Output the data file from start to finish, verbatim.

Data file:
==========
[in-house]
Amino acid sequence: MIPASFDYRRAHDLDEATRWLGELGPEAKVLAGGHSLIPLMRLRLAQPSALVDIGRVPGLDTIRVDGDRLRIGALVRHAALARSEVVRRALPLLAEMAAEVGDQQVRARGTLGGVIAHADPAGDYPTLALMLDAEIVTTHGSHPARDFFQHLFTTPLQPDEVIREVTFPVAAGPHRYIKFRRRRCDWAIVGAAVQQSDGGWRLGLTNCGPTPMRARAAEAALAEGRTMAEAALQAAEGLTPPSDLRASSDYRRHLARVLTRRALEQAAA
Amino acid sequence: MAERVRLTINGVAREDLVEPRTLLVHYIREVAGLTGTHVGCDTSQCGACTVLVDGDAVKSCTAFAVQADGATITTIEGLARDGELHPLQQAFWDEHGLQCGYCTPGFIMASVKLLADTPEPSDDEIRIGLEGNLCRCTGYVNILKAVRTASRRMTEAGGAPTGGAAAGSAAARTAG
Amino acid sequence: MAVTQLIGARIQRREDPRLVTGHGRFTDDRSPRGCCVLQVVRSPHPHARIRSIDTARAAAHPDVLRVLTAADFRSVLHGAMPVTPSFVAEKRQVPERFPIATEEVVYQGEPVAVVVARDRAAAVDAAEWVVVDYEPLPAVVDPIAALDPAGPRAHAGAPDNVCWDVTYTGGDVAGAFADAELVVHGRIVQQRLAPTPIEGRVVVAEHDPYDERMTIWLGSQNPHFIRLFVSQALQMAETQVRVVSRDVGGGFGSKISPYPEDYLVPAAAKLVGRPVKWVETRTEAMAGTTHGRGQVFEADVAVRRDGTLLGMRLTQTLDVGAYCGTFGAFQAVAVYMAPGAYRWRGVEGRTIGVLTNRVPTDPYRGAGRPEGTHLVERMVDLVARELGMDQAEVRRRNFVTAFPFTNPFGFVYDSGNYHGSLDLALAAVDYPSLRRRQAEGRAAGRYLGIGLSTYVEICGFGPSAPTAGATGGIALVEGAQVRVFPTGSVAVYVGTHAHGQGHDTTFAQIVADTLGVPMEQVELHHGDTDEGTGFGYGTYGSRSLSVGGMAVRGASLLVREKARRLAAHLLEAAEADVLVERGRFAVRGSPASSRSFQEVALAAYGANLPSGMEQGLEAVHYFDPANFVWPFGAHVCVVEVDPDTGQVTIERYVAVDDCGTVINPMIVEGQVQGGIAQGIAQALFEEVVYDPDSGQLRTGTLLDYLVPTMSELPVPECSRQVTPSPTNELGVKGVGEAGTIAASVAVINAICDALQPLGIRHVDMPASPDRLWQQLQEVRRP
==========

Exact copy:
[in-house]
Amino acid sequence: MIPASFDYRRAHDLDEATRWLGELGPEAKVLAGGHSLIPLMRLRLAQPSALVDIGRVPGLDTIRVDGDRLRIGALVRHAALARSEVVRRALPLLAEMAAEVGDQQVRARGTLGGVIAHADPAGDYPTLALMLDAEIVTTHGSHPARDFFQHLFTTPLQPDEVIREVTFPVAAGPHRYIKFRRRRCDWAIVGAAVQQSDGGWRLGLTNCGPTPMRARAAEAALAEGRTMAEAALQAAEGLTPPSDLRASSDYRRHLARVLTRRALEQAAA
Amino acid sequence: MAERVRLTINGVAREDLVEPRTLLVHYIREVAGLTGTHVGCDTSQCGACTVLVDGDAVKSCTAFAVQADGATITTIEGLARDGELHPLQQAFWDEHGLQCGYCTPGFIMASVKLLADTPEPSDDEIRIGLEGNLCRCTGYVNILKAVRTASRRMTEAGGAPTGGAAAGSAAARTAG
Amino acid sequence: MAVTQLIGARIQRREDPRLVTGHGRFTDDRSPRGCCVLQVVRSPHPHARIRSIDTARAAAHPDVLRVLTAADFRSVLHGAMPVTPSFVAEKRQVPERFPIATEEVVYQGEPVAVVVARDRAAAVDAAEWVVVDYEPLPAVVDPIAALDPAGPRAHAGAPDNVCWDVTYTGGDVAGAFADAELVVHGRIVQQRLAPTPIEGRVVVAEHDPYDERMTIWLGSQNPHFIRLFVSQALQMAETQVRVVSRDVGGGFGSKISPYPEDYLVPAAAKLVGRPVKWVETRTEAMAGTTHGRGQVFEADVAVRRDGTLLGMRLTQTLDVGAYCGTFGAFQAVAVYMAPGAYRWRGVEGRTIGVLTNRVPTDPYRGAGRPEGTHLVERMVDLVARELGMDQAEVRRRNFVTAFPFTNPFGFVYDSGNYHGSLDLALAAVDYPSLRRRQAEGRAAGRYLGIGLSTYVEICGFGPSAPTAGATGGIALVEGAQVRVFPTGSVAVYVGTHAHGQGHDTTFAQIVADTLGVPMEQVELHHGDTDEGTGFGYGTYGSRSLSVGGMAVRGASLLVREKARRLAAHLLEAAEADVLVERGRFAVRGSPASSRSFQEVALAAYGANLPSGMEQGLEAVHYFDPANFVWPFGAHVCVVEVDPDTGQVTIERYVAVDDCGTVINPMIVEGQVQGGIAQGIAQALFEEVVYDPDSGQLRTGTLLDYLVPTMSELPVPECSRQVTPSPTNELGVKGVGEAGTIAASVAVINAICDALQPLGIRHVDMPASPDRLWQQLQEVRRP